Dave Anderson was always a musical child. In the same manner, most kids were scolded by their parents for sitting too close to the TV, Dave was prone to hugging the family radio, with his head and ear pressed firmly against the speaker until reprimanded by his mother. It is this love for music that leads inevitably to his learning guitar and the formation of his first band Dave & the Wharf Rats in 1960. The next four years saw him playing in several bands including one that went by the name The Pink Panthers. He took a long break from the road, got a respectable job, and soon left the Two Harbors area upon getting married in 64’. He returned to the area after retiring from the Teamster’s Union in 1998. He then set about becoming involved in 4 separate bands as a dobro player.
One of the early volunteers and content producers for Two Harbors Community Radio, Mr. Anderson was involved doing on the spot recordings for the station at various events prior to the launch of the Big Dave’s Beat Farm. He describes the 2-hour weekly broadcast as “an upbeat mix of Tex-Mex, Blues, Boogie, Swing, etc. Each show features a live music segment with area bands and musicians of varying skills, styles and instruments.” The live performance spot is open to anyone from the area regardless of professional experience.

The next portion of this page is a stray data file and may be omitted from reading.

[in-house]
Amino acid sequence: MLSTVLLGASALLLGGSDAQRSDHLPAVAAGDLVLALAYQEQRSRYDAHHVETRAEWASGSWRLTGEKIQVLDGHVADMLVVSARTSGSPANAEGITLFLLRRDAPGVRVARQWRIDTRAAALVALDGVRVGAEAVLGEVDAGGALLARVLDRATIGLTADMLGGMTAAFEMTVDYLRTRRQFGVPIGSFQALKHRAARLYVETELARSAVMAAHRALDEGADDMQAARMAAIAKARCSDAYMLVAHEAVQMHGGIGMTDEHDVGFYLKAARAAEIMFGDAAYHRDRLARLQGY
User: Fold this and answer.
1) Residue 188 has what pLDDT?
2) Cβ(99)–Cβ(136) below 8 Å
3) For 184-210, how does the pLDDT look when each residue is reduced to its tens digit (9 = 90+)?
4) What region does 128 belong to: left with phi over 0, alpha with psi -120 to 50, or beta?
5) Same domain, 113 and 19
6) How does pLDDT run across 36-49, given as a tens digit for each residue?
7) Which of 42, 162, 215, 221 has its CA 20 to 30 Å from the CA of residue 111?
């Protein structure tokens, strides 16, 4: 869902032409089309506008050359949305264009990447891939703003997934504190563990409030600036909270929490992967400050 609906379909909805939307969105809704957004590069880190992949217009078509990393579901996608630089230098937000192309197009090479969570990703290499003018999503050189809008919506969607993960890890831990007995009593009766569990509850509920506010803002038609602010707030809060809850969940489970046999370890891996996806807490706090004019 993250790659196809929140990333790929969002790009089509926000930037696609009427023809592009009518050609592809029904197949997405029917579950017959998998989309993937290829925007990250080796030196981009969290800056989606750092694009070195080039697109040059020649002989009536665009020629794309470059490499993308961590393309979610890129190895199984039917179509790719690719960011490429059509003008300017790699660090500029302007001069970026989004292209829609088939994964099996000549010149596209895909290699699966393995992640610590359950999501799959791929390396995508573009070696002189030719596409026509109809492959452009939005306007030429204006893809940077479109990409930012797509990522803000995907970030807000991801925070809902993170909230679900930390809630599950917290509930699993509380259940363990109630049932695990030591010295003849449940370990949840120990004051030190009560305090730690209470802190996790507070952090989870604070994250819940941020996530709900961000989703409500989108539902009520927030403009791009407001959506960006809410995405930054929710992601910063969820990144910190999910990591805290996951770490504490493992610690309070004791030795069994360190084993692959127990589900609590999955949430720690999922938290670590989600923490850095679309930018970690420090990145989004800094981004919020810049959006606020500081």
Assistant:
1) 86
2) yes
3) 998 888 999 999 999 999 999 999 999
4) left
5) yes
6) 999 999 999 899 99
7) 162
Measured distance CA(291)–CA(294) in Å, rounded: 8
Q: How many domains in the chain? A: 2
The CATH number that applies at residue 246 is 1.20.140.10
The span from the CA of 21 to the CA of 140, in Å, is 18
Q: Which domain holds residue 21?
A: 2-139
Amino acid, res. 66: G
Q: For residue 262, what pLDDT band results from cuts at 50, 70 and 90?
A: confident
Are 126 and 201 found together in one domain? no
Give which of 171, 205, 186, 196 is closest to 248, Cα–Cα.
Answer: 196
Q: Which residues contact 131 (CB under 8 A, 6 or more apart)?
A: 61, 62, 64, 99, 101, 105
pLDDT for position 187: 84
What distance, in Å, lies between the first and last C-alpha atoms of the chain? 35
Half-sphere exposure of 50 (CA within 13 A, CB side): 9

Getting the best performance from someone who has never played ‘live’ requires a bit of wizardry. The magic begins with Dave’s hospitality towards his guests. His demeanor is genial and unrushed. As a musician himself, he can anticipate concerns and questions a first timer might have. Watching him interact with last week’s guest, Larry South, before the show, the outside observer comes away with the sense that Dave is truly interested in the person before him and the story behind their music. The show is not an altar to his ego, and this segment is purely a vehicle designed to showcase community artists of all skill levels.
A few minutes before going on-air the radio station office suddenly transforms into the lobby of a local civic center as friends and fans of both the performer and the show casually file in to lend support and add to the overall energy. Stories and names are traded between audience members until the signal is given for the one-minute to air countdown. The small rows of folding chairs now take on a church-like quality as everyone sits quietly waiting for the show to begin.